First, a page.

posted: 2.5.15 by Andrea Lunsford

Flying across the country a few weeks ago, I read Diogo Mainardi’s The Fall: A Father’s Memoir in 424 Steps (you can hear an interview with the author here). It’s a slim book—166 pages—so I had time to read it twice through, which I did with pleasure and gratitude. While the story of Mainardi’s son Tito’s botched birth in a Venice hospital, which left him with cerebral palsy, is gripping from first to last, what fascinated me most about the book was its structure: it is divided into 424 brief passages, some as short as a four-word sentence (“Tito has cerebral palsy,” which opens the book), others as long as half a page. [read more]

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Categories: Andrea Lunsford, Assignment Idea
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How Do We Revise?

posted: 11.6.14 by Barclay Barrios

This week’s guest blogger is Rebecca Jensen.  Rebecca is an MFA student at Florida Atlantic University where she teaches two classes of first-year composition. She worked as fiction editor for Driftwood Press, a literary magazine based in Tampa and is currently nonfiction editor for FAU’s Coastlines. After sixteen years spent living in England, Rebecca is enjoying her rediscovery of Florida, using the experience to investigate themes of travel and identity in her own creative work.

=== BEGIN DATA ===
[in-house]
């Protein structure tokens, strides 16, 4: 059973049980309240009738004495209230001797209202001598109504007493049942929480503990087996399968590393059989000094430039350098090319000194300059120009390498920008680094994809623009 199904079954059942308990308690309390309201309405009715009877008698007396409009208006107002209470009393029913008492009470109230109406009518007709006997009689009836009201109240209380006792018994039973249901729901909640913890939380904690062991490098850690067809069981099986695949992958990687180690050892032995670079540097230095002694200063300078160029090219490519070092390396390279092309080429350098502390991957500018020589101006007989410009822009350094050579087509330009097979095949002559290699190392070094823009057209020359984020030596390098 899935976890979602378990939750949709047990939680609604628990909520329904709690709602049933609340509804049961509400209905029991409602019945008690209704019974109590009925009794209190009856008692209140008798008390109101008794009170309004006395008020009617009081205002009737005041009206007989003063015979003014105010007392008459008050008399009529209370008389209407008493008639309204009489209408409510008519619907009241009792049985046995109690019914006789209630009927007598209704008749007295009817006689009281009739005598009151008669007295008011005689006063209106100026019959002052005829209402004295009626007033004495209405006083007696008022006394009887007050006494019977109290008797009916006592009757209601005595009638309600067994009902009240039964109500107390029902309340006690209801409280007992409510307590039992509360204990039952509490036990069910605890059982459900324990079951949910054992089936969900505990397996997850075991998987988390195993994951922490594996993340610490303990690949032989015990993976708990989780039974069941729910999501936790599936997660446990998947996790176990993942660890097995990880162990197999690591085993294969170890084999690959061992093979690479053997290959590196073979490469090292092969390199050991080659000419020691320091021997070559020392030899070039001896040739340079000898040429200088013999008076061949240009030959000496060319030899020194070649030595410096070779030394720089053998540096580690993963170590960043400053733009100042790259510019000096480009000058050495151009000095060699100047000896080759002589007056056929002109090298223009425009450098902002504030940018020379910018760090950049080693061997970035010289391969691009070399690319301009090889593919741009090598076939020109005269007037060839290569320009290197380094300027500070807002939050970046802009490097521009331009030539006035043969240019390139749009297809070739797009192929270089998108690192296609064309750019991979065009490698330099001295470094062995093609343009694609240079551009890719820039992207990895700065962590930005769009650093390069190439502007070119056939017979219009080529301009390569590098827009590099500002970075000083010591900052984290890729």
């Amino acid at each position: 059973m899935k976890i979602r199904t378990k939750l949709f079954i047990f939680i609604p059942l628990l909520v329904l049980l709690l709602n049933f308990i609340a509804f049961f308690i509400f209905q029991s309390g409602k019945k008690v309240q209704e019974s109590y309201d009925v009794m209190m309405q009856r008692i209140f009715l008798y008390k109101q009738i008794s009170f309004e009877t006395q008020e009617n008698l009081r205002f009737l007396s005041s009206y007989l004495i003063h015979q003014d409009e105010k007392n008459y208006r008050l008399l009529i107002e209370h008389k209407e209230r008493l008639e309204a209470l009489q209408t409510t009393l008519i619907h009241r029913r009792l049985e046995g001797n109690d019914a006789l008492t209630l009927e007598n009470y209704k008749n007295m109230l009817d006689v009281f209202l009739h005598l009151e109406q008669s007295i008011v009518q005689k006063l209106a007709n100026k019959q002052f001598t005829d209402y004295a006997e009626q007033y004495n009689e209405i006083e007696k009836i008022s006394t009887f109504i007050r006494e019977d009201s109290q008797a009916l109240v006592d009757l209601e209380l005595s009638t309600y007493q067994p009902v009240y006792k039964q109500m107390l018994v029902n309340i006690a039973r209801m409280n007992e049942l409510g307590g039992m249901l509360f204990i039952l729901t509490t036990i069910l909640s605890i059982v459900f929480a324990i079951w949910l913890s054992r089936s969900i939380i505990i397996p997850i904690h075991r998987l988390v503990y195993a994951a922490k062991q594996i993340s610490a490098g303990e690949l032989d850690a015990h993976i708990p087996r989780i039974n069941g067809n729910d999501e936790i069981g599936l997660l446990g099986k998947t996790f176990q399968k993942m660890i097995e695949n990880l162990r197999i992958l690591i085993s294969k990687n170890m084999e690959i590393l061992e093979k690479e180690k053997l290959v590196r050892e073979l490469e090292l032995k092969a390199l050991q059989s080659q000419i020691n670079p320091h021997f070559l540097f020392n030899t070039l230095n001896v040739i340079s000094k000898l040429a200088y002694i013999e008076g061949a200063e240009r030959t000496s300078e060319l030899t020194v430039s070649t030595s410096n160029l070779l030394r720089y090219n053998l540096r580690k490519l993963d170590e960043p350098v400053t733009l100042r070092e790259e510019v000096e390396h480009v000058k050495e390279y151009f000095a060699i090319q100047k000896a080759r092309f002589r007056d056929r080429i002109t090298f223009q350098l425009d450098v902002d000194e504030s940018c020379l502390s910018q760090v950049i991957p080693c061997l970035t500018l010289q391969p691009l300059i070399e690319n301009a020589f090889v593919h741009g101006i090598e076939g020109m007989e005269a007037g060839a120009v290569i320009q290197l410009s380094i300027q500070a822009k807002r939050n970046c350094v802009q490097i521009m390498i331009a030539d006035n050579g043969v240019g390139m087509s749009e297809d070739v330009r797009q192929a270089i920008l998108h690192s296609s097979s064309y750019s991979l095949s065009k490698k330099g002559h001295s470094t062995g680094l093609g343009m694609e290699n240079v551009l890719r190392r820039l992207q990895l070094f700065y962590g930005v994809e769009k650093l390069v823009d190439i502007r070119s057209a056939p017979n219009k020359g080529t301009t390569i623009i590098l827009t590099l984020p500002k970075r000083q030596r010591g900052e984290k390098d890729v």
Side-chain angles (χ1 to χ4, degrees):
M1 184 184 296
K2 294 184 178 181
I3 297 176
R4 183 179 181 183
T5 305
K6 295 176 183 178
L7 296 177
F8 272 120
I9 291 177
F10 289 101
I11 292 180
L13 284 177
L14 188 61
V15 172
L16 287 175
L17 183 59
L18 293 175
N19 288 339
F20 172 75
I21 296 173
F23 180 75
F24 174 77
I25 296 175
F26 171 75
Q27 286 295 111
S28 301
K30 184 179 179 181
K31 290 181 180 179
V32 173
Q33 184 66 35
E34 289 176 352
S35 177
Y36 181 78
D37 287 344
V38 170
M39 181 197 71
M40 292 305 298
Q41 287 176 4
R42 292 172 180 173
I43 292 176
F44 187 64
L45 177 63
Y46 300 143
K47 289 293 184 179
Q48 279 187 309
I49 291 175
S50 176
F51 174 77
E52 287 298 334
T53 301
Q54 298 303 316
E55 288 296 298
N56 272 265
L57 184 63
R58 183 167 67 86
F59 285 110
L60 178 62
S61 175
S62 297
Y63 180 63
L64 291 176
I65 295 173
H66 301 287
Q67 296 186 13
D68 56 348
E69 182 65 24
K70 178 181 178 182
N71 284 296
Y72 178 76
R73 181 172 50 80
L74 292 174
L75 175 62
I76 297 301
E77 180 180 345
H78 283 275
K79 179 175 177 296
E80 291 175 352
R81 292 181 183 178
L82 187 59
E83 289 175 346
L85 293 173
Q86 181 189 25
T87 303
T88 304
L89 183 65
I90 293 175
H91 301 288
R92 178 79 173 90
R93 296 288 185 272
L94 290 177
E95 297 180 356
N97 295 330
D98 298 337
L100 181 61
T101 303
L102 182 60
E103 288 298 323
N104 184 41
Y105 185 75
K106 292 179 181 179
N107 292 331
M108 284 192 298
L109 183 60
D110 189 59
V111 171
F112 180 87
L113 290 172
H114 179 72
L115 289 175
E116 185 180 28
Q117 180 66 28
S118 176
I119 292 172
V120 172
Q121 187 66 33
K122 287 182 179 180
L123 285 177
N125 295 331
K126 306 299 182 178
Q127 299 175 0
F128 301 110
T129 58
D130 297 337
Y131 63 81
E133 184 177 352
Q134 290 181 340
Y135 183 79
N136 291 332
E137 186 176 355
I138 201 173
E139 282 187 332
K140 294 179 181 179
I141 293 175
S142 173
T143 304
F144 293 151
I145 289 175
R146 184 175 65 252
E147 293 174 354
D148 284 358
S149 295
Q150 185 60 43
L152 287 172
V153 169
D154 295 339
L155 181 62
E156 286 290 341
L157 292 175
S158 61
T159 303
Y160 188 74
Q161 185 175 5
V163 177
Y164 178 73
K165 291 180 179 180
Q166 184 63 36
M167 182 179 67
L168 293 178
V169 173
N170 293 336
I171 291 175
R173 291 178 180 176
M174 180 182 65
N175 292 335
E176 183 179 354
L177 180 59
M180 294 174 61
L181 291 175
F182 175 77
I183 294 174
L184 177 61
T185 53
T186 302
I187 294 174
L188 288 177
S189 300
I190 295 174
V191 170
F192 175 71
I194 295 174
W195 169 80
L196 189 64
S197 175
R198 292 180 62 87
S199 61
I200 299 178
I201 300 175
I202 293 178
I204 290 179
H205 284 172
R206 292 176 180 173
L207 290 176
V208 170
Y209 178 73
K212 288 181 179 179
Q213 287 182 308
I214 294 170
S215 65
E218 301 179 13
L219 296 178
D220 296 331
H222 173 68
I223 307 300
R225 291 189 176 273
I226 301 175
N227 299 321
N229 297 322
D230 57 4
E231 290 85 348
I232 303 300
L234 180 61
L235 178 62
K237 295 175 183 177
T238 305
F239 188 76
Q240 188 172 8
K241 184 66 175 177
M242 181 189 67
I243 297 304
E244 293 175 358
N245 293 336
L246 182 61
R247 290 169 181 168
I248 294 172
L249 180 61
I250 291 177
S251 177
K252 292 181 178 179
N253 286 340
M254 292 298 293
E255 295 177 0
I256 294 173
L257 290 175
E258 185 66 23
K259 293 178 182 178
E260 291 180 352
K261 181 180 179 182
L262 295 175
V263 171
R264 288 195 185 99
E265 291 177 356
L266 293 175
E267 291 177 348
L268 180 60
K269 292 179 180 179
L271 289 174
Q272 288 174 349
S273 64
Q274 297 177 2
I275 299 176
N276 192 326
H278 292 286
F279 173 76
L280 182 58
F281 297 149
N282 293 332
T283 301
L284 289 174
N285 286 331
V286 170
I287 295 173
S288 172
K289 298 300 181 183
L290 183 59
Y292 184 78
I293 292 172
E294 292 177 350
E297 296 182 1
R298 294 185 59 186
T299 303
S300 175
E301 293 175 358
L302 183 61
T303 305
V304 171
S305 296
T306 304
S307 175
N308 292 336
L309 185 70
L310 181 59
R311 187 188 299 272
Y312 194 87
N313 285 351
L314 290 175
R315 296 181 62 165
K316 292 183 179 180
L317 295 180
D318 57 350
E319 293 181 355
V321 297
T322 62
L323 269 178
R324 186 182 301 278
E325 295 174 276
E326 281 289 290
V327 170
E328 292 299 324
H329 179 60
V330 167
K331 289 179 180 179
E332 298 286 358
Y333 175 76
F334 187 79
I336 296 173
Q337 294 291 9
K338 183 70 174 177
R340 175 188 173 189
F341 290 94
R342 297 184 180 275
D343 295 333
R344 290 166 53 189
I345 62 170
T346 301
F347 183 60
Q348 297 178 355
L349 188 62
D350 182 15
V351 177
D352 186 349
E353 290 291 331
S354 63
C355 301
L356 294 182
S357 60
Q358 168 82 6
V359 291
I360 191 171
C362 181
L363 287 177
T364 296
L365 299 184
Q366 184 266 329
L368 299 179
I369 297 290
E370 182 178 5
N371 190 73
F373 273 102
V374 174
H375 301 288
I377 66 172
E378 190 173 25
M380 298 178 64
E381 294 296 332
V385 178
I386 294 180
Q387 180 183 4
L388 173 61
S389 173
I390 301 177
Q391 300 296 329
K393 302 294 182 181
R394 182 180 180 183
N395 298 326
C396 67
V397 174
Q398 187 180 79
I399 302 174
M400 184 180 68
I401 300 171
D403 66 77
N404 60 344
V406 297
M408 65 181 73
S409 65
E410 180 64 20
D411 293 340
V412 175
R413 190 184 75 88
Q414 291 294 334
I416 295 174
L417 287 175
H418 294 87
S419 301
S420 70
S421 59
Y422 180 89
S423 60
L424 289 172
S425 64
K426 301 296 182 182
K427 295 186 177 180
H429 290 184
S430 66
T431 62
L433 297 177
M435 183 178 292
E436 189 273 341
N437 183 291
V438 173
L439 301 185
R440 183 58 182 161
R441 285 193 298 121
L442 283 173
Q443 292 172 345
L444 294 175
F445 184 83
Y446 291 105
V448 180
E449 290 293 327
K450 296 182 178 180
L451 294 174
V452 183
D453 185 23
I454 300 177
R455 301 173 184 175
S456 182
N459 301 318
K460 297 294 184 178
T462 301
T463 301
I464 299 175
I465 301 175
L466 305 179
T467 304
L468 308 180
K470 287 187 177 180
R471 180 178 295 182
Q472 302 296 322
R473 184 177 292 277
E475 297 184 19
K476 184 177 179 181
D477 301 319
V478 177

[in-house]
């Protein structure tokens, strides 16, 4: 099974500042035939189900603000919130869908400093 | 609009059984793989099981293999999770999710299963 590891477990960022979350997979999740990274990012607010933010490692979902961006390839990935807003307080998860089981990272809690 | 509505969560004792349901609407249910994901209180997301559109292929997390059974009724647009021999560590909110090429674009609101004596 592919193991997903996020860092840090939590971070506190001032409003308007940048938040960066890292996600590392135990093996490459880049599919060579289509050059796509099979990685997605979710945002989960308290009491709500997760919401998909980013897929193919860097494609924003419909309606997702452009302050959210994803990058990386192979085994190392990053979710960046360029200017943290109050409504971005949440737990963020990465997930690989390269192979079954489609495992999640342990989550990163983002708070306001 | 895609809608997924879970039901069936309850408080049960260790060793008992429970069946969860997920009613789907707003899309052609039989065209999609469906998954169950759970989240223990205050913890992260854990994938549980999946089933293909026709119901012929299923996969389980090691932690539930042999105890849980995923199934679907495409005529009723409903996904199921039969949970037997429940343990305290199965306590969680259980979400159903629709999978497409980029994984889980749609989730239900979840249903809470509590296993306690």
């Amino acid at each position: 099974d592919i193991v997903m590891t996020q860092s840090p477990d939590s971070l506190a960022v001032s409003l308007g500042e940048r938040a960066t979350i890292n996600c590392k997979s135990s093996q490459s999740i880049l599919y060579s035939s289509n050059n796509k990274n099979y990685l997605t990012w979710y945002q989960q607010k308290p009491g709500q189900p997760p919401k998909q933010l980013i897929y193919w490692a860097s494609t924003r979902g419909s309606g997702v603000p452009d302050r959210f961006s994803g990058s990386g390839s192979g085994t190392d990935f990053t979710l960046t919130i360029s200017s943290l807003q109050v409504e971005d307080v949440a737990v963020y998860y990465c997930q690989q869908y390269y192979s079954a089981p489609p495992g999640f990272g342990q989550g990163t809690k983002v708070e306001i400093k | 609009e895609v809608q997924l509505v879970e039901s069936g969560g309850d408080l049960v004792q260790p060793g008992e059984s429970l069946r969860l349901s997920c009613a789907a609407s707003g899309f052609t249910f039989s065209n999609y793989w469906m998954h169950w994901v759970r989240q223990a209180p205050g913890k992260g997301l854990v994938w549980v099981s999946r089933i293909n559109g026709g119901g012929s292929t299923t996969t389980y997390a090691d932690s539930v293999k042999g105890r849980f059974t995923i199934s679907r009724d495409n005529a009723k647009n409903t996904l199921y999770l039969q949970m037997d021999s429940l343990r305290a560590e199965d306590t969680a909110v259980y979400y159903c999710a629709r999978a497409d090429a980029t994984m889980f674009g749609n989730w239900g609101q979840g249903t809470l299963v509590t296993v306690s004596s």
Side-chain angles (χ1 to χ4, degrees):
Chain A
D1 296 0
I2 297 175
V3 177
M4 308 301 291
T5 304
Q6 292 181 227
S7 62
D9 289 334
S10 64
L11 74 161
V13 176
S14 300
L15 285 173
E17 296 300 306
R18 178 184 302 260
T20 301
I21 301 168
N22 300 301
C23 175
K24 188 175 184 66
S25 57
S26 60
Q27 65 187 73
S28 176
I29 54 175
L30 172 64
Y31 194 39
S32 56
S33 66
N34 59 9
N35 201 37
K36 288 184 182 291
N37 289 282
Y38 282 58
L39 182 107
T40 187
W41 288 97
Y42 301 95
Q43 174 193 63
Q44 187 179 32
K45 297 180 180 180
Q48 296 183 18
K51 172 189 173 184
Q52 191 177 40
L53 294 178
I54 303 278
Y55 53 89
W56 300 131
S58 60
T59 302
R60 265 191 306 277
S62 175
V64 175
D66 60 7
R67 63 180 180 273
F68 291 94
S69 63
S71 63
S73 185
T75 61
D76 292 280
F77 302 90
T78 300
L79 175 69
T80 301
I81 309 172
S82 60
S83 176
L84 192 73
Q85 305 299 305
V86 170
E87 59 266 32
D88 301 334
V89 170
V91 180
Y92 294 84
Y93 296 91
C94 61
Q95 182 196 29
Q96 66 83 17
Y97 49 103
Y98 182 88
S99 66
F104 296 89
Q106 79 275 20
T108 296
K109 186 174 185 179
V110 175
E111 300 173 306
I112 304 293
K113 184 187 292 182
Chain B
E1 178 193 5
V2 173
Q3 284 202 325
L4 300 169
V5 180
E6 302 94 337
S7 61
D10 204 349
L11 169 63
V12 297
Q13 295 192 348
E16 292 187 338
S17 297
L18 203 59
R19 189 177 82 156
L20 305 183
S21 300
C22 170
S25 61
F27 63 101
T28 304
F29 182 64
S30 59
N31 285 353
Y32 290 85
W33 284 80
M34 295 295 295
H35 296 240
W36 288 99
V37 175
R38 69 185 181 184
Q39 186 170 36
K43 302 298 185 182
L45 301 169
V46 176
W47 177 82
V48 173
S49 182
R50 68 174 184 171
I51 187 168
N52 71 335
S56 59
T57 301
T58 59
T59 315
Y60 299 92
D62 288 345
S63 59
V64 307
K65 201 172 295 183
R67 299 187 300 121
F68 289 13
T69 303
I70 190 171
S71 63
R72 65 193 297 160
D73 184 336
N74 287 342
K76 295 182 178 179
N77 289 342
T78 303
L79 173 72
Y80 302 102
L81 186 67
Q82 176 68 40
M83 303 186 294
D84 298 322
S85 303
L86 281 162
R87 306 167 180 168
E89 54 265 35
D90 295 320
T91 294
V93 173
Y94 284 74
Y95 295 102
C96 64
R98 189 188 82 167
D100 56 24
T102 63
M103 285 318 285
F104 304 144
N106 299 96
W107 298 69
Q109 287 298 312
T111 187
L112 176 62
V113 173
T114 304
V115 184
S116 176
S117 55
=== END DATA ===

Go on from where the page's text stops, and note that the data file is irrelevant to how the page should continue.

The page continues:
In this post Rebecca turns the question of revision back on ourselves.  I have to admit that after reading it I realize I can’t readily articulate how I revise either.

“But Miss Jensen, how do you revise?”

It’s my first semester as an MFA student and instructor of English, so you would think that I’d be able to answer this with ease. Yet the question posed by one of my students took me off guard. One of the most important qualities I have always looked for in a teacher is confidence, and I hope that this is what my students usually see in me. So when I was faced with this question, I hated to admit in front of them all that I don’t actually know how to do it. I don’t have a specific technique, and I don’t hold the key to the revision process. [read more]

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“Felt Sense” and Expository Writing

posted: 9.24.14 by Barclay Barrios

I just finished rereading Sondra Perl’s essay “Understanding Composing” reproduced in the excellent Bedford resource Teaching Composition: Background Readings. I’m teaching Perl in our pedagogy course for new graduate teaching assistants, ENC 6700 Introduction to Composition Theory and Methodology; the essays forms part of a cluster of readings on drafting and audience. [read more]

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Splendid failures?

posted: 9.4.14 by Andrea Lunsford

William Faulkner considered The Sound and the Fury (1929) a failure, albeit a “splendid” failure. As he said in a 1957 interview:

I tried first to tell it with one brother, and that wasn’t enough. That was Section One. I tried with another brother, and that wasn’t enough. That was Section Two. I tried the third brother, because Caddy was still to me too beautiful and too moving to reduce her to telling what was going on, that it would be more passionate to see her through somebody else’s eyes, I thought. [read more]